Mixed reactions from Fil-Ams on PNoy's SONA
NEW YORK – Filipino-Americans tuned in early Monday morning to listen to President Benigno Aquino III’s 2nd State of the Nation Address (SONA).
Aquino renewed his commitment to end corruption in the Philippines, saying that the fight is personal for him.
“Do you want the corrupt to be held accountable? So do I. Do you want to see the end of “wang-wang” both on the streets and in the sense of entitlement that has led to the abuse that we have lived with for so long? So do I,” Aquino said.
“Do you want to give everyone a fair chance to improve their lot in life? So do I,” he added.
Filipino-Americans in New York have mixed reactions to Aquino’s speech.
Some Fil-Am activists are not convinced, and a day before the SONA, members of the National Alliance for Filipino Concerns (NAFCON) held a protest in the Woodside community, saying that the true state of the Philippines needs to come out.
“Today, we come together for the real State of the Nation Address... the people’s State of the Nation Address,” said Danielle Galan.
“In the country, people are continuing to suffer with lack of education, lack of food and lack of support,” added Irma Bajar.
Another Fil-Am, Christina Hilo, called on Aquino to start doing his work, especially for migrants in the United States.
But leaders of the group US Pinoys for Good Governance said Aquino should be applauded for his efforts to create new jobs.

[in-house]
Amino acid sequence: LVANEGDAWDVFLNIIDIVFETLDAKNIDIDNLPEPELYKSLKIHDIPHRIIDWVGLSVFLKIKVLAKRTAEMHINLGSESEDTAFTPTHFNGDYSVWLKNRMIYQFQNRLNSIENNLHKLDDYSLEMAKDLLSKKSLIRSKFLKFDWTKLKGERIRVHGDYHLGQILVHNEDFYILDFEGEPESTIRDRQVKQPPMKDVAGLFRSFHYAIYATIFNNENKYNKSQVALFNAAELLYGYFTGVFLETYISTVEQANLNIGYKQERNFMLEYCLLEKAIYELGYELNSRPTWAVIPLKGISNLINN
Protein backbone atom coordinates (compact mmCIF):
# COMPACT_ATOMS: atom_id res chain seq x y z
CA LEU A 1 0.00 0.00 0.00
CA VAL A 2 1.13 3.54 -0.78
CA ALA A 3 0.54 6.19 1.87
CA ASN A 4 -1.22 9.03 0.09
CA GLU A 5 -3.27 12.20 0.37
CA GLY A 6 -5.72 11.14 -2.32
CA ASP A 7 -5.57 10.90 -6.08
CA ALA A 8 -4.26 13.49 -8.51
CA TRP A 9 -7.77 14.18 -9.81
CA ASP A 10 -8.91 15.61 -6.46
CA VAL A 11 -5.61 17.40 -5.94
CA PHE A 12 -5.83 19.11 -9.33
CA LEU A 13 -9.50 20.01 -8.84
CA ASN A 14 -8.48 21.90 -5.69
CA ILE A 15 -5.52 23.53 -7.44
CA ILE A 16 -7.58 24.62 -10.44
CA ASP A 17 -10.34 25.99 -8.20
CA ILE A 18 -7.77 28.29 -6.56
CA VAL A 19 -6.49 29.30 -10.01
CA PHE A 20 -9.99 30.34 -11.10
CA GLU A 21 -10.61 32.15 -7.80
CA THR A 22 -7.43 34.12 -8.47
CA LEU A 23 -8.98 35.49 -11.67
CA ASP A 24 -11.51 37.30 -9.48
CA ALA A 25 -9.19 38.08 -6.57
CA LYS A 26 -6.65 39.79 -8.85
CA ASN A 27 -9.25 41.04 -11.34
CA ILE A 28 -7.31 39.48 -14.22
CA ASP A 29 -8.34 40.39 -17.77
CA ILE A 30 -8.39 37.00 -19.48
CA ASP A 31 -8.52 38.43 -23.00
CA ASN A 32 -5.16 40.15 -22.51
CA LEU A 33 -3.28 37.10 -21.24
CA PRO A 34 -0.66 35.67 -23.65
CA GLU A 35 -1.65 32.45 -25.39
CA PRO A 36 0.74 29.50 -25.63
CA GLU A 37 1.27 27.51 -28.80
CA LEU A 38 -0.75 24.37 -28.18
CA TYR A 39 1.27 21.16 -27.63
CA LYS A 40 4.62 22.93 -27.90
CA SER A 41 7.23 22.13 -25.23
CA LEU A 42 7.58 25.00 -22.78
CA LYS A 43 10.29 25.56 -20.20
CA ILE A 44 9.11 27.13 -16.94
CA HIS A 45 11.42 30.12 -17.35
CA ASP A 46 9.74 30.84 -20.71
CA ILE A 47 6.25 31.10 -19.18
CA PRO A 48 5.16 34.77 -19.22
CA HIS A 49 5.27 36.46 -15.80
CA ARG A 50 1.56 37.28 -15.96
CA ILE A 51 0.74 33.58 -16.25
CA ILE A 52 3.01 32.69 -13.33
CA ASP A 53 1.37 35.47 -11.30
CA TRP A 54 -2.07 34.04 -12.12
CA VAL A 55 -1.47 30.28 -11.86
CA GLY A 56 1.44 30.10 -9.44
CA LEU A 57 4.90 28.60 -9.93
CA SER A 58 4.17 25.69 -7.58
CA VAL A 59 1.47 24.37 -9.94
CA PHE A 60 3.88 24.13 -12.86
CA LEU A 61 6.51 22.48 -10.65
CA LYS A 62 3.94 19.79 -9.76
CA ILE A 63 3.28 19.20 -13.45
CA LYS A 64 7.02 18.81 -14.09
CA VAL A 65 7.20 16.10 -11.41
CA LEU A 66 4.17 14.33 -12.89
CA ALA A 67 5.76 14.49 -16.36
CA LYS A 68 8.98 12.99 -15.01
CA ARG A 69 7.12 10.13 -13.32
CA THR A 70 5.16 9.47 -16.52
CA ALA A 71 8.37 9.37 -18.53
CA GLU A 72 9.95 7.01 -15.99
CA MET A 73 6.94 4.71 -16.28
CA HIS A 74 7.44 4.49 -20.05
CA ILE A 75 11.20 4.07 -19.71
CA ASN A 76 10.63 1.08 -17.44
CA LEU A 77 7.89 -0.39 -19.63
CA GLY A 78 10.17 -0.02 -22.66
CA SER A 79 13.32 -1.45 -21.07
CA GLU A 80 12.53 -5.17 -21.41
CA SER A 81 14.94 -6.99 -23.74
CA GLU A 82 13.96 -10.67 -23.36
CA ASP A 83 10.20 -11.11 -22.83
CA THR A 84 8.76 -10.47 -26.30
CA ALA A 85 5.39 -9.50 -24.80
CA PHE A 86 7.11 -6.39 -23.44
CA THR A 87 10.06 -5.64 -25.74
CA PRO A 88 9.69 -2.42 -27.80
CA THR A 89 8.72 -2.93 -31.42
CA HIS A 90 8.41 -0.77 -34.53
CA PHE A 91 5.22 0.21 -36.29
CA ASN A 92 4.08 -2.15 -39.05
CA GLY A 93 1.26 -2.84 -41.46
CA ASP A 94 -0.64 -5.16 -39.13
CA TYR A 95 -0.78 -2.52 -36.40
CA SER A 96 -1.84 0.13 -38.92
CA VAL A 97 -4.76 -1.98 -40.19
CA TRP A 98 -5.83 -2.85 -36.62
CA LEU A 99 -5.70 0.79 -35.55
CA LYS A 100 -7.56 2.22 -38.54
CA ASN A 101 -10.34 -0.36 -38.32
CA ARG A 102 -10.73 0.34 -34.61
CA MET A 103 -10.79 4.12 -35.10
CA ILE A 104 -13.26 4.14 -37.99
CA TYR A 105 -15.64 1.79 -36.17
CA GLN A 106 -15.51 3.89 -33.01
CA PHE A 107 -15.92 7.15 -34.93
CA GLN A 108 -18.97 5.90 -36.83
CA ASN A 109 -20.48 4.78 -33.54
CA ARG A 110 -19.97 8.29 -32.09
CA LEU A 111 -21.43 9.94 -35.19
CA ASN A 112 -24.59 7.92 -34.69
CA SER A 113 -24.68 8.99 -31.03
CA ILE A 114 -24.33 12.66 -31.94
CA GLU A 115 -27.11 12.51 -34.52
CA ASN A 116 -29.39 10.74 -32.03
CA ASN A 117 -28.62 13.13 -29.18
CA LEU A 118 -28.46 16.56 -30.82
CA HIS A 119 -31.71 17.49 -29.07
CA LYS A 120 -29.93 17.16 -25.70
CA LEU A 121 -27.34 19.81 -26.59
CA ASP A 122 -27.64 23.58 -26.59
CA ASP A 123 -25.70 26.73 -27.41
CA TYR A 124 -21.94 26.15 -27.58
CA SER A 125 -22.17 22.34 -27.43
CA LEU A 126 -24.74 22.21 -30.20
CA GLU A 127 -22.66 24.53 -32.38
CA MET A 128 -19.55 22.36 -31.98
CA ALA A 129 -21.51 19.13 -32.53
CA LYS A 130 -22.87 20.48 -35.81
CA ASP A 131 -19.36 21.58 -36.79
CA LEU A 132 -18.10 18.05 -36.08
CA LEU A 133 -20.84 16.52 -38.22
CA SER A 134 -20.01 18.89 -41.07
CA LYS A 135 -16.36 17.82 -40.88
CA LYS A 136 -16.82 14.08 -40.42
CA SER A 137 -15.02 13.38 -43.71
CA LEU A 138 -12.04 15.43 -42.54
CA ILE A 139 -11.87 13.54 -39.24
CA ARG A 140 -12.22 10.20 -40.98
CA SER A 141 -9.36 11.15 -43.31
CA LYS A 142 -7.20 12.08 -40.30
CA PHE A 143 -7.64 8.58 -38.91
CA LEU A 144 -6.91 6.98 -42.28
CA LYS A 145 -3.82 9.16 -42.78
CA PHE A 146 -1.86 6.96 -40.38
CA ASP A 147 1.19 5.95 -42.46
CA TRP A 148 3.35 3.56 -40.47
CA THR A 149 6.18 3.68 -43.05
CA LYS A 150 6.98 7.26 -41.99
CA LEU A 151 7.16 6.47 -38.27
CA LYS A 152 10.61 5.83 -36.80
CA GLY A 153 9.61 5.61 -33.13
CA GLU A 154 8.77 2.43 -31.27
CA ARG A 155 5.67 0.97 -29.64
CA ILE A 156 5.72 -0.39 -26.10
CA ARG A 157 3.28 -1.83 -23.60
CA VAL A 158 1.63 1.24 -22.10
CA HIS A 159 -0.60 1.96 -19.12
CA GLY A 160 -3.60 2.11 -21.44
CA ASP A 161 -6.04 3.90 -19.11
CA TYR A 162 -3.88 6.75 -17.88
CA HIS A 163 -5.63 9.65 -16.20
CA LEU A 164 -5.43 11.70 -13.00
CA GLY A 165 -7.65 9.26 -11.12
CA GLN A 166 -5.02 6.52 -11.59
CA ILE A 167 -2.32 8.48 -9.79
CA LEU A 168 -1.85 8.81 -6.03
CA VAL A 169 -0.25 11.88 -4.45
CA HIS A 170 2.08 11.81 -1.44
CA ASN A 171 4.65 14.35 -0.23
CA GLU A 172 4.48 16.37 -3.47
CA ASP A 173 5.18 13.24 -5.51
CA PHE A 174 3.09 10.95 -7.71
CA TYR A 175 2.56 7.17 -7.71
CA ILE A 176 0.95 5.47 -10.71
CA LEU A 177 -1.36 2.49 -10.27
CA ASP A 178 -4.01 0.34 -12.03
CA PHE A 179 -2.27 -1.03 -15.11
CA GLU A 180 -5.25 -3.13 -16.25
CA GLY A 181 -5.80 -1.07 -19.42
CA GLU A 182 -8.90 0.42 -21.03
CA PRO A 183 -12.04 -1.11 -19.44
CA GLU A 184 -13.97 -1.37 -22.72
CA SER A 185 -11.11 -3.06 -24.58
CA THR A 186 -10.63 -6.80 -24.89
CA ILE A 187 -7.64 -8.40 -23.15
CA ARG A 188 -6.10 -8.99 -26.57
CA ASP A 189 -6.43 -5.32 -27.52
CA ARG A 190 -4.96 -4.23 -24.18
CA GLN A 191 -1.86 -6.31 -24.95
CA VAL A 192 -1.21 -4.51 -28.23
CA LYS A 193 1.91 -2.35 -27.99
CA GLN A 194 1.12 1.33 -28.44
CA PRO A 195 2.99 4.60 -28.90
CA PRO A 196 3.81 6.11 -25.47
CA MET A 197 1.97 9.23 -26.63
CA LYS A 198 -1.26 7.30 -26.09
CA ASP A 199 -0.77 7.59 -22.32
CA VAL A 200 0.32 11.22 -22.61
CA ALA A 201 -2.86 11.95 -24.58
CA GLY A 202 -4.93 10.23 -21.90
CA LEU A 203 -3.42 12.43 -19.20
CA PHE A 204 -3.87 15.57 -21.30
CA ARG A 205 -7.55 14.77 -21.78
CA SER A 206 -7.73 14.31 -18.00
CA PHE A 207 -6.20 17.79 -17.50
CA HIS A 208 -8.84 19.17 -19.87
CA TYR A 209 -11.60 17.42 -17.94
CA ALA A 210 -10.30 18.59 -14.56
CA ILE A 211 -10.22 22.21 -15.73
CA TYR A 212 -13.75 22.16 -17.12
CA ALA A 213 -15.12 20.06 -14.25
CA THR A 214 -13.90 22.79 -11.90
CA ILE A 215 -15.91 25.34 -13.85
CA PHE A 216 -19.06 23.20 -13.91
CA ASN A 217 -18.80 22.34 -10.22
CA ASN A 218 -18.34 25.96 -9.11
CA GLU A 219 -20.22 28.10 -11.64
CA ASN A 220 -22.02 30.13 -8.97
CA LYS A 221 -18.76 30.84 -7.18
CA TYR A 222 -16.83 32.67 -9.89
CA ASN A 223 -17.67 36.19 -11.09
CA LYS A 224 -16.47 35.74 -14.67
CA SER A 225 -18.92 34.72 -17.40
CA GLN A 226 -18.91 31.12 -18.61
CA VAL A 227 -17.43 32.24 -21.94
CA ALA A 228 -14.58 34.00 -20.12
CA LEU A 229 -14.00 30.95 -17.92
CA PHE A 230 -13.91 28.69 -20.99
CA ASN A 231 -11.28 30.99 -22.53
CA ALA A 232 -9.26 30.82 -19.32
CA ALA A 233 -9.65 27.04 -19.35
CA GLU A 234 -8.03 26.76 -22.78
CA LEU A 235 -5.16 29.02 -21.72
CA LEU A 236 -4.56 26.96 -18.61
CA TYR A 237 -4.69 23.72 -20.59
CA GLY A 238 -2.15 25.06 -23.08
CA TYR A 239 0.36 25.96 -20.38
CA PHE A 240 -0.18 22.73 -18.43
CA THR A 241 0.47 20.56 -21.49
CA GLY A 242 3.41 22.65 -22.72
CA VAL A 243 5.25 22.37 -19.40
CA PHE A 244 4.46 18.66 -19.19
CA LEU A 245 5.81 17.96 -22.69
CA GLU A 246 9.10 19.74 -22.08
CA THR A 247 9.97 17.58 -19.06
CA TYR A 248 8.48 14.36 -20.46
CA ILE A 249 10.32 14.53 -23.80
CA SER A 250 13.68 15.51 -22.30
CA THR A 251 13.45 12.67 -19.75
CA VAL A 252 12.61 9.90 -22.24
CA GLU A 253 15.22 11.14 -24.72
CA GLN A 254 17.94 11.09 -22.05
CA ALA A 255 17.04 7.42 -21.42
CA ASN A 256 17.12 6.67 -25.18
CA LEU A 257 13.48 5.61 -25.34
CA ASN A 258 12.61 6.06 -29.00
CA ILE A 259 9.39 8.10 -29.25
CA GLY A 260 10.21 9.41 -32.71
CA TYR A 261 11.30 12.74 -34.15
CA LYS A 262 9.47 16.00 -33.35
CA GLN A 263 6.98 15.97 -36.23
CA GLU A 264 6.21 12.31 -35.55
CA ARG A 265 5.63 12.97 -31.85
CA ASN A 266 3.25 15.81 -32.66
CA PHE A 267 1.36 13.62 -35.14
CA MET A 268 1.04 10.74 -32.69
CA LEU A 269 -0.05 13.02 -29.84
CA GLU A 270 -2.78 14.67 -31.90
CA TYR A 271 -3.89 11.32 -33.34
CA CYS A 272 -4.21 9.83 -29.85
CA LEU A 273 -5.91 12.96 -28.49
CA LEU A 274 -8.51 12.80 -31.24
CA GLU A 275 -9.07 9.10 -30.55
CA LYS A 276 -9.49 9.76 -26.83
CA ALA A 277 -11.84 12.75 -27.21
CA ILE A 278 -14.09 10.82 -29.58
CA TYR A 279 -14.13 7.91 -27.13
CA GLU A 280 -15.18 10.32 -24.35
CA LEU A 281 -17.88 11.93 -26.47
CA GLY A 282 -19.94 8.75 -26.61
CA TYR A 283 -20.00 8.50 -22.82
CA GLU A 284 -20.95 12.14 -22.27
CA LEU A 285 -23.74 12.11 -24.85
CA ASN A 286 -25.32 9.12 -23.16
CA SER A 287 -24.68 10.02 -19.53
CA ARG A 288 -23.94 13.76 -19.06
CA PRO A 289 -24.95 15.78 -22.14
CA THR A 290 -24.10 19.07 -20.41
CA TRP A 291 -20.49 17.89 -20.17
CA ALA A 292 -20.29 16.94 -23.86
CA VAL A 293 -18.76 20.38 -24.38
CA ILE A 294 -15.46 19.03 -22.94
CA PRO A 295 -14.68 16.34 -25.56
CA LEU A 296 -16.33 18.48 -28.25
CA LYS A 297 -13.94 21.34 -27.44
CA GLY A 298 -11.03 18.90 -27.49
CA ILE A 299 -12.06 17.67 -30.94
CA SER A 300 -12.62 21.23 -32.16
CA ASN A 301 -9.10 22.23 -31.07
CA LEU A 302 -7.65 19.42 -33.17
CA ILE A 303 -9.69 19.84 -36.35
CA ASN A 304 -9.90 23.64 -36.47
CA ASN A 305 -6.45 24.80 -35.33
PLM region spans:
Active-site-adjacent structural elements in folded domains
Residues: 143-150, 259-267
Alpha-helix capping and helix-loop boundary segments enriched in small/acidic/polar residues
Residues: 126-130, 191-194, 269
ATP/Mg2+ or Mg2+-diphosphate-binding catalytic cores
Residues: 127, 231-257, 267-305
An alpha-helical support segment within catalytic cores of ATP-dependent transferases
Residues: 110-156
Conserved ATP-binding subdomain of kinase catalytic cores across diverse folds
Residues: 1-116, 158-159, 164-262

In his SONA, Aquino said, “Our foremost pledge to the Filipino people was to create more jobs, and we have delivered. In April 2010, the unemployment rate was 8%, in April 2011, it was at 7.2%.”
On ending hunger, Aquino said, “Self-rated hunger has gone down from 20.5% in March to 15.1% this June – equivalent to a million Filipino families who used to go hungry, but who now say they eat properly every day.”
“We are impressed,” said Gloria Navarrete. “He’s sincere in his efforts.”
But what pleased these Fil-Am leaders all the more is Aquino’s commitment to defend the Philippine territories, particularly the Spratly Islands.
“He dealt with it head-on,” said Rodel Rodis. “He made it clear that what belongs to the Philippines belongs to the Philippines.”
Rodis added that protecting the Spratlys and its oil is a must.
“Nine or 10 million overseas Filipinos bring $17-billion in remittances. But $50-billion in oil revenues there would erase the need for us to send Filipino workers abroad,” Rodis said.
US Pinoys for Good Governance had supported Aquino’s candidacy in last year’s election. -- With reports from Don Tagala.
You may contact Henni Espinosa at henni_espinosa@abs-cbn for more information.
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